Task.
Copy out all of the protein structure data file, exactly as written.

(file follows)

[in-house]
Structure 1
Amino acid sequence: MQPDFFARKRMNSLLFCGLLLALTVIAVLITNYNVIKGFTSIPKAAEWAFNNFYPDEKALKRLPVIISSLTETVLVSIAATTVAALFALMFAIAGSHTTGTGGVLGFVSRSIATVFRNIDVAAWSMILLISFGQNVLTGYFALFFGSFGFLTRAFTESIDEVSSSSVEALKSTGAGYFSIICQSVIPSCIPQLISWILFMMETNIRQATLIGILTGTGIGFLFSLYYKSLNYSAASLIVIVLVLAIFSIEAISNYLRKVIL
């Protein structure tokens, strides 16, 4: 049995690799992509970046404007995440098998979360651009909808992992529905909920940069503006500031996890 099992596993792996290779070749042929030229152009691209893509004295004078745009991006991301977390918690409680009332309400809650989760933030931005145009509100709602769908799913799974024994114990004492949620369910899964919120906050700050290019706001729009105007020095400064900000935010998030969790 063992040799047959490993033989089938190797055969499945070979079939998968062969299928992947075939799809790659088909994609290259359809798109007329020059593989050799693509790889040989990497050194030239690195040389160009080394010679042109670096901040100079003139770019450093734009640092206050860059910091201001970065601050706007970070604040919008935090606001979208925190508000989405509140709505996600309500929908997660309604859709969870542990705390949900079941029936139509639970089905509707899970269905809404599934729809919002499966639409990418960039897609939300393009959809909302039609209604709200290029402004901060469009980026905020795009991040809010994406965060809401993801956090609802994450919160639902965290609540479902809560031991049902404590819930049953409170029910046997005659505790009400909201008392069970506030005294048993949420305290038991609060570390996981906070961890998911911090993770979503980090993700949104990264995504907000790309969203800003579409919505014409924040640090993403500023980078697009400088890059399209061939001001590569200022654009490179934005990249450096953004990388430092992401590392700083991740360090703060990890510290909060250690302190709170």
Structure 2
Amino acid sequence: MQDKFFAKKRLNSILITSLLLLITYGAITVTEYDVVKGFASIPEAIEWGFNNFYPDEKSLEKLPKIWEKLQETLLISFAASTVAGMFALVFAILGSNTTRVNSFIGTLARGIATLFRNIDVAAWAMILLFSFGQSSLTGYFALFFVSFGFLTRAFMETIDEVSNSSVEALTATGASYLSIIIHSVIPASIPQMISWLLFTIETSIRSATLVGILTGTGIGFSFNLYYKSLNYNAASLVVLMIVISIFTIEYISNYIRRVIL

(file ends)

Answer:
[in-house]
Structure 1
Amino acid sequence: MQPDFFARKRMNSLLFCGLLLALTVIAVLITNYNVIKGFTSIPKAAEWAFNNFYPDEKALKRLPVIISSLTETVLVSIAATTVAALFALMFAIAGSHTTGTGGVLGFVSRSIATVFRNIDVAAWSMILLISFGQNVLTGYFALFFGSFGFLTRAFTESIDEVSSSSVEALKSTGAGYFSIICQSVIPSCIPQLISWILFMMETNIRQATLIGILTGTGIGFLFSLYYKSLNYSAASLIVIVLVLAIFSIEAISNYLRKVIL
């Protein structure tokens, strides 16, 4: 049995690799992509970046404007995440098998979360651009909808992992529905909920940069503006500031996890 099992596993792996290779070749042929030229152009691209893509004295004078745009991006991301977390918690409680009332309400809650989760933030931005145009509100709602769908799913799974024994114990004492949620369910899964919120906050700050290019706001729009105007020095400064900000935010998030969790 063992040799047959490993033989089938190797055969499945070979079939998968062969299928992947075939799809790659088909994609290259359809798109007329020059593989050799693509790889040989990497050194030239690195040389160009080394010679042109670096901040100079003139770019450093734009640092206050860059910091201001970065601050706007970070604040919008935090606001979208925190508000989405509140709505996600309500929908997660309604859709969870542990705390949900079941029936139509639970089905509707899970269905809404599934729809919002499966639409990418960039897609939300393009959809909302039609209604709200290029402004901060469009980026905020795009991040809010994406965060809401993801956090609802994450919160639902965290609540479902809560031991049902404590819930049953409170029910046997005659505790009400909201008392069970506030005294048993949420305290038991609060570390996981906070961890998911911090993770979503980090993700949104990264995504907000790309969203800003579409919505014409924040640090993403500023980078697009400088890059399209061939001001590569200022654009490179934005990249450096953004990388430092992401590392700083991740360090703060990890510290909060250690302190709170």
Structure 2
Amino acid sequence: MQDKFFAKKRLNSILITSLLLLITYGAITVTEYDVVKGFASIPEAIEWGFNNFYPDEKSLEKLPKIWEKLQETLLISFAASTVAGMFALVFAILGSNTTRVNSFIGTLARGIATLFRNIDVAAWAMILLFSFGQSSLTGYFALFFVSFGFLTRAFMETIDEVSNSSVEALTATGASYLSIIIHSVIPASIPQMISWLLFTIETSIRSATLVGILTGTGIGFSFNLYYKSLNYNAASLVVLMIVISIFTIEYISNYIRRVIL